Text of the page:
If you look at the
gawk source in the
repository, you will notice that it includes files that are automatically
generated by GNU infrastructure tools, such as Makefile.in from
automake and even configure from
This is different from many Free Software projects that do not store the derived files, because that keeps the repository less cluttered, and it is easier to see the substantive changes when comparing versions and trying to understand what changed between commits.
However, there are two reasons why the
likes to have everything in the repository.
First, because it is then easy to reproduce any given version completely, without relying upon the availability of (older, likely obsolete, and maybe even impossible to find) other tools.
As an extreme example, if you ever even think about trying to compile,
oh, say, the V7
awk, you will discover that not only do you
have to bootstrap the V7
yacc to do so, but you also need the
lex. And the latter is pretty much impossible to bring up
on a modern GNU/Linux system.110
(Or, let’s say
gawk 1.2 required
in 1989 and that there was no awkgram.c file in the repository. Is
there a guarantee that we could find that
bison version? Or that
it would build?)
If the repository has all the generated files, then it’s easy to just check
them out and build. (Or easier, depending upon how far back we go.
And that brings us to the second (and stronger) reason why all the files
really need to be in
git. It boils down to who do you cater
gawk developer(s), or the user who just wants to check
out a version and try it out?
wants it to be possible for any interested
awk user in the
world to just clone the repository, check out the branch of interest and
build it. Without their having to have the correct version(s) of the
That is the point of the bootstrap.sh file. It touches the
various other files in the right order such that
# The canonical incantation for building GNU software: ./bootstrap.sh && ./configure && make
will just work.
This is extremely important for the
gawk maintainer would argue that it’s also
important for the
gawk developers. When he tried to check out
xgawk branch112 to build it, he
couldn’t. (No ltmain.sh file, and he had no idea how to create it,
and that was not the only problem.)
He felt extremely frustrated. With respect to that branch,
the maintainer is no different than Jane User who wants to try to build
master from the repository.
Thus, the maintainer thinks that it’s not just important, but critical, that for any given branch, the above incantation just works.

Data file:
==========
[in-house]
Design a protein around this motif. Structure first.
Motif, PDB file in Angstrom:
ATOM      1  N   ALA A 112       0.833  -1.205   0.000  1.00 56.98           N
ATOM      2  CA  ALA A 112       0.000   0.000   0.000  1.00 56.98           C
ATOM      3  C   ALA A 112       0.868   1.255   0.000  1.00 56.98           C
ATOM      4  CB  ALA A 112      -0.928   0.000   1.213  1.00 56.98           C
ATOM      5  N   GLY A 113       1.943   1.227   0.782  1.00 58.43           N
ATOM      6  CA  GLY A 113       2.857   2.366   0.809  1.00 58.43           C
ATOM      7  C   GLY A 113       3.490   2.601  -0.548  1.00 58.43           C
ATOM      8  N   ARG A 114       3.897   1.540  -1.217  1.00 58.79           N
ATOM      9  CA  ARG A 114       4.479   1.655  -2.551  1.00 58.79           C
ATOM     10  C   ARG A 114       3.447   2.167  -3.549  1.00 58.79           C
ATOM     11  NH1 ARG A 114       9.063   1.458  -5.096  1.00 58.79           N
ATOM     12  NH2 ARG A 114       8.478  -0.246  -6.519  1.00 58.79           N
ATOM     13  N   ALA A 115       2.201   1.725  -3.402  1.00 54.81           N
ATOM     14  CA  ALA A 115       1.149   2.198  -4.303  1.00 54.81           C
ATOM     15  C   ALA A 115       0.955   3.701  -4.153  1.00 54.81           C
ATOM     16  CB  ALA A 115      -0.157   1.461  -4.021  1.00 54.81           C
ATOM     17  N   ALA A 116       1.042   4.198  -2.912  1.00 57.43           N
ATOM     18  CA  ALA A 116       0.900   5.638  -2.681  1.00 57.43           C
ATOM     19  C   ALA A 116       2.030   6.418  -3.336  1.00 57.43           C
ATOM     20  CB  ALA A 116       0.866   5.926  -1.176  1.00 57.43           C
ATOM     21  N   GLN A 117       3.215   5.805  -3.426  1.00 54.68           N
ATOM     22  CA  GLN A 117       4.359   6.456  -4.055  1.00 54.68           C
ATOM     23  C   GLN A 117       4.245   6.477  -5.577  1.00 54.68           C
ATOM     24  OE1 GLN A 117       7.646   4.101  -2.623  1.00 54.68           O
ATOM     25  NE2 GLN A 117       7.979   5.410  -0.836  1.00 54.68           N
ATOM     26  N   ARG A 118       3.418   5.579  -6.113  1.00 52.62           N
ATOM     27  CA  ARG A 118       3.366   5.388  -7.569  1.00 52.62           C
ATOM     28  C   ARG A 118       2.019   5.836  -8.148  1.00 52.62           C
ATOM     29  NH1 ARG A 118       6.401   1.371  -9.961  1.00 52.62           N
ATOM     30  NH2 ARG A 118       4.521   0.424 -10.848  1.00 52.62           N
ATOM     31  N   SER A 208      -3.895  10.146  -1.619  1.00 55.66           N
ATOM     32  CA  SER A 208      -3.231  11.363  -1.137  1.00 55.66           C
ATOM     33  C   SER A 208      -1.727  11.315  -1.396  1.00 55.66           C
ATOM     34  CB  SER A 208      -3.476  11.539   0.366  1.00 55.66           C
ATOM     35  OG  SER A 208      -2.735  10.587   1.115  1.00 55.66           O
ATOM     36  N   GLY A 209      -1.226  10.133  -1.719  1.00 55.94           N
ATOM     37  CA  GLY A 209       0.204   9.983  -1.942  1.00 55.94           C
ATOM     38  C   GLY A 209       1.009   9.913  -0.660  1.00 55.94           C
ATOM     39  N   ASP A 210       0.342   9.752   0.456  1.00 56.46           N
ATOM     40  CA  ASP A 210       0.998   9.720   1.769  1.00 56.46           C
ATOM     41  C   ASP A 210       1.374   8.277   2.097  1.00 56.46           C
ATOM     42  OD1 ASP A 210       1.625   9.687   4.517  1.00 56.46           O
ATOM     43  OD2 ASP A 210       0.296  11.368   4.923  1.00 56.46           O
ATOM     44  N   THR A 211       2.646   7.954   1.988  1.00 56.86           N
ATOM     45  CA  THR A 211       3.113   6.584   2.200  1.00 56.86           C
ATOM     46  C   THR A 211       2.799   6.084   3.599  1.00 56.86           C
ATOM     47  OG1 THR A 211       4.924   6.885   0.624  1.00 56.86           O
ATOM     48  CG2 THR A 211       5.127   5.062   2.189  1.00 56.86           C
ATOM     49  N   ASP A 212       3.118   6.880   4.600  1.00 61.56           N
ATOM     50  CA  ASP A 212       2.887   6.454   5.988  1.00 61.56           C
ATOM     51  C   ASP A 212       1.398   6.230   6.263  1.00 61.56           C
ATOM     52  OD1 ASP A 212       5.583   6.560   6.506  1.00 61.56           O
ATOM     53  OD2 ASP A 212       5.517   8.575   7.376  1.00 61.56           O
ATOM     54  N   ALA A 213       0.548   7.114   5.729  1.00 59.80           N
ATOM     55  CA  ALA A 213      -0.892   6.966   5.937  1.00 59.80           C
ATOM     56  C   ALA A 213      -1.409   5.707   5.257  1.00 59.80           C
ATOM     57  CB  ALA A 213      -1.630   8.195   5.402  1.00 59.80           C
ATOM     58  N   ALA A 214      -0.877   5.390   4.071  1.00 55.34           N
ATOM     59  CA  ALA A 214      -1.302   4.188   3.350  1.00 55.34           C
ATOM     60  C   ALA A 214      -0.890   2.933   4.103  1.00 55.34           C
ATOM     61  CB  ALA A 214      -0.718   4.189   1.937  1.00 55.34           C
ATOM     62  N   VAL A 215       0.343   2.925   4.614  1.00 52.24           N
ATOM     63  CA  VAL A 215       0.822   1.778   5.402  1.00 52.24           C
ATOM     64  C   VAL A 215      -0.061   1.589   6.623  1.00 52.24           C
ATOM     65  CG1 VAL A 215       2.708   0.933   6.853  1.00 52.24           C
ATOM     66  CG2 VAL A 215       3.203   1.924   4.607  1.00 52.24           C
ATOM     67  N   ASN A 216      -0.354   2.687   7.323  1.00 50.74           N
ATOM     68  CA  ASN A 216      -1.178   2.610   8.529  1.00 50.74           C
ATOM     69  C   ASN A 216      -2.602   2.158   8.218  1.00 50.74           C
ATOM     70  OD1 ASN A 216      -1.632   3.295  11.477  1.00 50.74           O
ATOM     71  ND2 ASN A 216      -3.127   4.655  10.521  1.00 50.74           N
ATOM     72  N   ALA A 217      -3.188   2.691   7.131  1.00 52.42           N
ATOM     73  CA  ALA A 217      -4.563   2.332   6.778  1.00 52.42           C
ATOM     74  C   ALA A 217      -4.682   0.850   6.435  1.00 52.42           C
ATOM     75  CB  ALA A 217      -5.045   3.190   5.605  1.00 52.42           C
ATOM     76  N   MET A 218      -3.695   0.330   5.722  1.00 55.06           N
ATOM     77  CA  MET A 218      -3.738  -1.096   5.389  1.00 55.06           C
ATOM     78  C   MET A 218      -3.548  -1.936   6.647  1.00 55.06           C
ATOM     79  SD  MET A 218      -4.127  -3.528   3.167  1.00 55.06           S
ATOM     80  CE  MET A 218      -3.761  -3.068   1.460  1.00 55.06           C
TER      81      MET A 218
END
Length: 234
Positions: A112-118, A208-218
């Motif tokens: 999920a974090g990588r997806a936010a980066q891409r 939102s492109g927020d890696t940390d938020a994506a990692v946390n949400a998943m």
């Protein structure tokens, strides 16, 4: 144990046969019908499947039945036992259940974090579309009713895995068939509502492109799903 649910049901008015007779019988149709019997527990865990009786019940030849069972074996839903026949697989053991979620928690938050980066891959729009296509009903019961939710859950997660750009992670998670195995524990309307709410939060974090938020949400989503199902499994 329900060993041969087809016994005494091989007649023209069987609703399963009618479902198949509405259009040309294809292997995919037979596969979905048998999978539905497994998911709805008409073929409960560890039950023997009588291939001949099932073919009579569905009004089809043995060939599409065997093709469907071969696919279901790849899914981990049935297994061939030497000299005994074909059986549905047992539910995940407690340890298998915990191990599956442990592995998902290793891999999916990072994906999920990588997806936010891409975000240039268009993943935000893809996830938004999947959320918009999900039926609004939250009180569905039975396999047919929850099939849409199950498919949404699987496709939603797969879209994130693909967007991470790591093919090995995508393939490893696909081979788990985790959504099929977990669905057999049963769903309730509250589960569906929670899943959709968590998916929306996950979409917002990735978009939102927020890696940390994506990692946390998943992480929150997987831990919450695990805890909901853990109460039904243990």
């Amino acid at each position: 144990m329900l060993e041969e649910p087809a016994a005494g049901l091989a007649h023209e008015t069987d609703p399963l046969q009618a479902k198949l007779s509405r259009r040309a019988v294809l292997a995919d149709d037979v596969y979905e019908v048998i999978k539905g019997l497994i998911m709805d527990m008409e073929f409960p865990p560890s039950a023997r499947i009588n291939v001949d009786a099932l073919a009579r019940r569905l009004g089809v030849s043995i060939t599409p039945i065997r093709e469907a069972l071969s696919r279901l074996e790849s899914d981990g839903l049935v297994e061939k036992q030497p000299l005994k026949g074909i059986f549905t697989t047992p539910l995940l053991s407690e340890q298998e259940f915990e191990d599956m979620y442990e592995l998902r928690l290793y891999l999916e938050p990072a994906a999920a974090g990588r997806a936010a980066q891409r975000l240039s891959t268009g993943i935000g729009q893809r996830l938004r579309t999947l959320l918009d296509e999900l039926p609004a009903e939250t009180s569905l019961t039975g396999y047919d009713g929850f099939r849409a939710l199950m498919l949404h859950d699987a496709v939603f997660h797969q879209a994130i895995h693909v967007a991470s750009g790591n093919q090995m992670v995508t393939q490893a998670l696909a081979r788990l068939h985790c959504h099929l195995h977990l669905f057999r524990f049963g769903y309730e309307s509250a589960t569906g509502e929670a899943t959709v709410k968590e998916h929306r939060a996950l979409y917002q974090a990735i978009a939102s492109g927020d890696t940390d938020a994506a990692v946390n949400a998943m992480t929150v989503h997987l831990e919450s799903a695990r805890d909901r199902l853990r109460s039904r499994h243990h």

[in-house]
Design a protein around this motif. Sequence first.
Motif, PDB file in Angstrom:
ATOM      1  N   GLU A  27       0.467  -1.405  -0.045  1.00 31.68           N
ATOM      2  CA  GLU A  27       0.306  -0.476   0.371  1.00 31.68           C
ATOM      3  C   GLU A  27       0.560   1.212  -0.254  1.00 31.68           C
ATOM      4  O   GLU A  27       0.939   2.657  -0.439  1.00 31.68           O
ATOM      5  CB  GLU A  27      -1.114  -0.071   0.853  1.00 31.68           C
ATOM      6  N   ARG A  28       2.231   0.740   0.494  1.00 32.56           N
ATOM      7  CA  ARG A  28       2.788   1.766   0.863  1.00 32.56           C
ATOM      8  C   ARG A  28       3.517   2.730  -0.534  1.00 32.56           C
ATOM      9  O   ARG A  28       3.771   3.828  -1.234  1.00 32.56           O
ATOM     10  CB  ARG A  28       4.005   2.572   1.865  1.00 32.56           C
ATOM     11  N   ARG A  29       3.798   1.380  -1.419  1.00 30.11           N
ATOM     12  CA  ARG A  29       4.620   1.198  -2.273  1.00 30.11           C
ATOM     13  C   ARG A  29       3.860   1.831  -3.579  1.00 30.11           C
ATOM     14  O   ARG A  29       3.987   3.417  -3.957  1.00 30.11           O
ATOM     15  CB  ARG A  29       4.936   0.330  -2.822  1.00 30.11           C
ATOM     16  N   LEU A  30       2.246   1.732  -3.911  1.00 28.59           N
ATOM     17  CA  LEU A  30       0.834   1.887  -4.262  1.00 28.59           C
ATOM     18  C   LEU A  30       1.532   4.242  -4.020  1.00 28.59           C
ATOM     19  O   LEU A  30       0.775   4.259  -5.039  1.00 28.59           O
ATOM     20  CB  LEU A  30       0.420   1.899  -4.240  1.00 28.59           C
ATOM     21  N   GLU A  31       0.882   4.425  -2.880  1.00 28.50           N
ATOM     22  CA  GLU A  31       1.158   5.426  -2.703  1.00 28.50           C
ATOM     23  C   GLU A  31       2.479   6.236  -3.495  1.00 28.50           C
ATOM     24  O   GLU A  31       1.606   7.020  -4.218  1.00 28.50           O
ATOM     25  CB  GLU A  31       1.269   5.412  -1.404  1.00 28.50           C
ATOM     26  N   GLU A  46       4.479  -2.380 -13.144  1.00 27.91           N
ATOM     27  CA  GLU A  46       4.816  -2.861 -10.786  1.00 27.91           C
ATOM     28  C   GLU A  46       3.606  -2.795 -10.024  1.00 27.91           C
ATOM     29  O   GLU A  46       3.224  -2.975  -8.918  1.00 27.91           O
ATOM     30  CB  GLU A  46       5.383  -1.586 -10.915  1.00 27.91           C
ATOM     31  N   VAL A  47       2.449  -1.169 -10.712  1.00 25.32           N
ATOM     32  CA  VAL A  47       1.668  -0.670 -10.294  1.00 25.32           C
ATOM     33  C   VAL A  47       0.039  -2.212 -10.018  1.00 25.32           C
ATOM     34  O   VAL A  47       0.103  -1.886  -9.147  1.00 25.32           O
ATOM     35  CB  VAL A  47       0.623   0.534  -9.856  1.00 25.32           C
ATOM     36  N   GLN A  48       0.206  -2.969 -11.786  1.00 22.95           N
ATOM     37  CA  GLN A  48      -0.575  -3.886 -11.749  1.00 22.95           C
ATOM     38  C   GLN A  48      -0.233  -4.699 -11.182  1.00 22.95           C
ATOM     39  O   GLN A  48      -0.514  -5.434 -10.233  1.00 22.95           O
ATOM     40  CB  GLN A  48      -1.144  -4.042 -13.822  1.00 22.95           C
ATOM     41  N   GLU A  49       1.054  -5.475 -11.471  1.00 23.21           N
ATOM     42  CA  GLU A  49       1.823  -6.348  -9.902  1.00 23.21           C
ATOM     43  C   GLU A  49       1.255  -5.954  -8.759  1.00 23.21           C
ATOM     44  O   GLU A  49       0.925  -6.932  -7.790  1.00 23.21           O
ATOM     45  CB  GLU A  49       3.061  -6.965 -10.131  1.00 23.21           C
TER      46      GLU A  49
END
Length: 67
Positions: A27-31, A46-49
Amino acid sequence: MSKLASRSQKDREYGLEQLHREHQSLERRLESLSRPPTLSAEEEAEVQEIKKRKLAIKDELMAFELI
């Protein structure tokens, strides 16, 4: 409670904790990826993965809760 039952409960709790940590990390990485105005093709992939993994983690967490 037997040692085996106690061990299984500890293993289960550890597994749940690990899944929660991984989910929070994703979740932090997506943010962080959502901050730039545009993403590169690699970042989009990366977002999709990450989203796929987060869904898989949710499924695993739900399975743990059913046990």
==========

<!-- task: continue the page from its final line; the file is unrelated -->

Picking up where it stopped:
What are some of the consequences and/or actions to take?
PATHand just did:
wget http://ftp.gnu.org/gnu/package/package-x.y.z.tar.gz tar -xpzvf package-x.y.z.tar.gz cd package-x.y.z ./configure && make && make check make install # as root
Most of the above was originally written by the maintainer to other
gawk developers. It raised the objection from one of
the developers “… that anybody pulling down the source from
git is not an end user.”
However, this is not true. There are “power
who can build
gawk (using the magic incantation shown previously)
but who can’t program in C. Thus, the major branches should be
kept buildable all the time.
It was then suggested that there be a
cron job to create
nightly tarballs of “the source.” Here, the problem is that there
are source trees, corresponding to the various branches! So,
nightly tar balls aren’t the answer, especially as the repository can go
for weeks without significant change being introduced.
git server can meet this need. For any given
branch named branchname, use:
to retrieve a snapshot of the given branch.
We tried. It was painful.
There is one GNU program that is (in our opinion)
severely difficult to bootstrap from the
git repository. For
example, on the author’s old (but still working) PowerPC macintosh with
Mac OS X 10.5, it was necessary to bootstrap a ton of software, starting
git itself, in order to try to work with the latest code.
It’s not pleasant, and especially on older systems, it’s a big waste
Starting with the latest tarball was no picnic either. The maintainers
had dropped .gz and .bz2 files and only distribute
.tar.xz files. It was necessary to bootstrap
A branch created by one of the other developers that did not include the generated files.